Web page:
How to Grow: Sour Gum

Gerd Eichmann

Nyssa sylvatica

 

Other Name

Black tupelo

 

Sun Requirements

Full sun, part sun

 

Bloom Period and Seasonal Color

Mostly grown for its stature and showy fall foliage colors of orange, red and purple.

 

Mature Height x Spread

30 to 50 feet x 20 to 30 feet with some dwarf versions

 

Added Benefits

Native, attracts beneficials, fall color, drought tolerant

 

If you’re looking for an attractive, low maintenance, deciduous shade trees for your street or yard with amazing fall foliage color, add sour gum to your list. This native is an under utilized tree. It has many the qualities we look for in a good shade tree. Sour gum has a pyramidal-shape that grows slowly up to 50 feet tall when mature. The flowers are insignificant, but a good source of pollen for bees in spring. It has small, blue-black fruits that birds enjoy. It grows well in wet sites and can even grow in areas with standing water. But is also drought tolerant. And it has consistently beautiful scarlet red, fall foliage color that makes this tree glow in autumn.

 

When, Where and How to Plant

Sour gum is hardy throughout New England. Purchase trees from a local nursery or through the mail. Plant trees in spring in well-drained, slightly acidic, moist soils. Sour gum produces the best growth and fall color in a full sun location. It has a taproot, so is difficult to transplant successfully once established. Space trees 20 to 30 feet apart.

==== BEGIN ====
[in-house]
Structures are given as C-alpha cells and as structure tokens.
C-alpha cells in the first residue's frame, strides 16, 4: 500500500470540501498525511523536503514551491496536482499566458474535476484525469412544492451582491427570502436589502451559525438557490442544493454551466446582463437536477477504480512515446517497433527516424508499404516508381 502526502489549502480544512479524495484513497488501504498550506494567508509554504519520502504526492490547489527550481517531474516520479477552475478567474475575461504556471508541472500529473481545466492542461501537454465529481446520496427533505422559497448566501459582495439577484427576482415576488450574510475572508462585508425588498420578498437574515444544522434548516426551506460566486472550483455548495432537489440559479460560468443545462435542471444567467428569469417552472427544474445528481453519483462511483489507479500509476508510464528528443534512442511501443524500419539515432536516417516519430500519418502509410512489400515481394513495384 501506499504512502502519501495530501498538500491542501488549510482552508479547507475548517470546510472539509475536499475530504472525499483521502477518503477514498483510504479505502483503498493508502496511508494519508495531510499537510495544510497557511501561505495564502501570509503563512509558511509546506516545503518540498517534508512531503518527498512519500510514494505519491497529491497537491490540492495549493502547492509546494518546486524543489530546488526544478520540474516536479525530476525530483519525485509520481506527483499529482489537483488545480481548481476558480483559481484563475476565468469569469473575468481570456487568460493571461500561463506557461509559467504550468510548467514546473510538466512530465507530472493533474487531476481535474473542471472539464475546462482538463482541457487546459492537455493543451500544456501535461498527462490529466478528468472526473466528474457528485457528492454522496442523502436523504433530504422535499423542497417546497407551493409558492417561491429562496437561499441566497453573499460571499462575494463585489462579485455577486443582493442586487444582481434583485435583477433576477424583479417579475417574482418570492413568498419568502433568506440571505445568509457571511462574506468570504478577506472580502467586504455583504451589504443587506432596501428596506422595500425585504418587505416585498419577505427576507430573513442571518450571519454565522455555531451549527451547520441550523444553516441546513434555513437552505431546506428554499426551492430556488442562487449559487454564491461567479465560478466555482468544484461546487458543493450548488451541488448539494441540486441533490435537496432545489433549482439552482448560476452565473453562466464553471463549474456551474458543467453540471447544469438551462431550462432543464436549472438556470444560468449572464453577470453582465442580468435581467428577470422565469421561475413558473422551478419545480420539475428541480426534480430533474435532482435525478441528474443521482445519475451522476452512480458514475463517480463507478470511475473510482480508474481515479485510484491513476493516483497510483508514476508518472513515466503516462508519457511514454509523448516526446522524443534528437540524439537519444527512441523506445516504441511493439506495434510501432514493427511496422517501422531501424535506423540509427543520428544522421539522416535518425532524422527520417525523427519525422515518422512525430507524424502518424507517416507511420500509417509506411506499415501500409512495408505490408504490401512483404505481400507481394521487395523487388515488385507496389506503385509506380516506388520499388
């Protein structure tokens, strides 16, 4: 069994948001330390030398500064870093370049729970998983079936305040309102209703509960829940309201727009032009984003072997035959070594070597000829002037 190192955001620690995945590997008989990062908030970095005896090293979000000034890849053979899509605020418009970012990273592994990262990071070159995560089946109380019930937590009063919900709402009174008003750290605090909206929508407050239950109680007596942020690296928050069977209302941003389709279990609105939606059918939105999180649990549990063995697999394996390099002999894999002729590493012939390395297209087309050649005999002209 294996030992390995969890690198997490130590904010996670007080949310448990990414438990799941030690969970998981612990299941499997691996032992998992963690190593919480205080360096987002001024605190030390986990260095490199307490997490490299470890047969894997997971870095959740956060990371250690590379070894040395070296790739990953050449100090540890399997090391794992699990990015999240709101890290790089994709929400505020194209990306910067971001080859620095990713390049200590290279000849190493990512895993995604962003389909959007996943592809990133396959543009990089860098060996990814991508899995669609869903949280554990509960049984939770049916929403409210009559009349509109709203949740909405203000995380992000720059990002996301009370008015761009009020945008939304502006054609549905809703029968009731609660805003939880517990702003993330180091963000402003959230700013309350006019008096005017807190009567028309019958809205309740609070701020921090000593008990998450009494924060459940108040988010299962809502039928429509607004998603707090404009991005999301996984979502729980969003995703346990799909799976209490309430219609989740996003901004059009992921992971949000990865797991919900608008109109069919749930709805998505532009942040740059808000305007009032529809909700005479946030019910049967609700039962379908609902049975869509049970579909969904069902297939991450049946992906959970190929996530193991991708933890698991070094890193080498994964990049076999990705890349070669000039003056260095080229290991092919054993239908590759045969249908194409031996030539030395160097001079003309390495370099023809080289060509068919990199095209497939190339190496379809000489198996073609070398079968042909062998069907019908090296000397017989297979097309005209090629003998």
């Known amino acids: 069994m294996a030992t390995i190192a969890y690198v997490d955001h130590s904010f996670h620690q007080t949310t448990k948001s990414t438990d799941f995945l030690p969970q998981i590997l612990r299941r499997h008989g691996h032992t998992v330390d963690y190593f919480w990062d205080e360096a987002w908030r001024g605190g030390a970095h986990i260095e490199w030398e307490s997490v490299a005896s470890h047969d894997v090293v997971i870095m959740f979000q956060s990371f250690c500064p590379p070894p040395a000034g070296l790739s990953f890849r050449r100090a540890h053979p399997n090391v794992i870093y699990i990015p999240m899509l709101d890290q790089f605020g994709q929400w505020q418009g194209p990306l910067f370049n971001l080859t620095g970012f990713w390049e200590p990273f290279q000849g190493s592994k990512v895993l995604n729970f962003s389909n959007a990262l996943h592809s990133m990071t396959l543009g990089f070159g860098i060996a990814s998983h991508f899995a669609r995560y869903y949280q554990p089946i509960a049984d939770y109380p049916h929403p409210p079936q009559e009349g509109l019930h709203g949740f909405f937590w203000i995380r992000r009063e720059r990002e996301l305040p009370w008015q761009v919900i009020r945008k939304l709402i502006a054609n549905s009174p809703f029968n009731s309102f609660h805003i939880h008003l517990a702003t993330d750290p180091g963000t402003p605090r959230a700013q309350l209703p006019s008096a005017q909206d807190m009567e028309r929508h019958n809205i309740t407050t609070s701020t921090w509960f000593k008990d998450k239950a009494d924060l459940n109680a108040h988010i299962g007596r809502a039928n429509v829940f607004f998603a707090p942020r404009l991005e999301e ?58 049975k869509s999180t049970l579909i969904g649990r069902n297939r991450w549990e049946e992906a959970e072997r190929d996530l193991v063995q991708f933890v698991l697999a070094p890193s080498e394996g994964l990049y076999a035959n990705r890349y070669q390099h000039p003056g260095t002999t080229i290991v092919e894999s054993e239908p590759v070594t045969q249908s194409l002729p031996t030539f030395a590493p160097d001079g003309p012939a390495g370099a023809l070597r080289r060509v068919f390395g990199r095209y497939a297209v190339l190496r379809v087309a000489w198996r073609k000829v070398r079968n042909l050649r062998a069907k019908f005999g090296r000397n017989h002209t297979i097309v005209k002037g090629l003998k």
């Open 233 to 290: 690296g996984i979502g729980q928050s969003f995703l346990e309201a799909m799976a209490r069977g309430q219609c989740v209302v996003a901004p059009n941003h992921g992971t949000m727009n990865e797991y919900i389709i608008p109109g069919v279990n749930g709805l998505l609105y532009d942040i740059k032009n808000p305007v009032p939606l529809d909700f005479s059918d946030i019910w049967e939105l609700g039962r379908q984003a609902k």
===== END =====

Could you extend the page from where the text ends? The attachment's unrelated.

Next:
Growing Tips

Keep young trees well watered. Mulch trees with pine needles, bark mulch or wood chips. Create a mulch ring around the trees grown in the yard to keep the soil moist and prevent damage to the trunk due to string trimmers and lawn mowers. Once established sour gum trees are drought tolerant. Fertilizer young trees in spring with an acid-based, tree plant food. Older trees don’t need fertilization.

 

Regional Advice and Care

Sour gum is a carefree tree. Prune in autumn, to reduce sap loss, to remove competing branches or dead, diseased or broken limbs. Although slow growing, plant the tree where it won’t eventually interfere with buildings and overhead power lines. Sour gum has few major pest problems.

 

Companion Planting and Design

Plant sour gum trees as street trees away from power lines or in the yard as a shade tree. Protect them from winter winds in colder parts of our region. Since they tolerate wet conditions, plant in a boggy or seasonally flooded areas of your yard. They can also naturalize in a woodland setting along a stream or pond. Sour gums are salt tolerant, so good choices near the coast.

 

Try These

‘Miss Scarlet’ is known for its deep green summer foliage that turns a brilliant red in fall. ‘Forum’ is a standard selection with a more upright habit that looks more like a pear or linden than sour gum. The fall leaves are red with yellow veins. ‘Autumn Cascades’ is a weeping form that only grows 15 feet tall, but still has the beautiful fall foliage color. It’s only hardy to zone 5.

Excerpted from my book, New England Getting Started Garden Guide.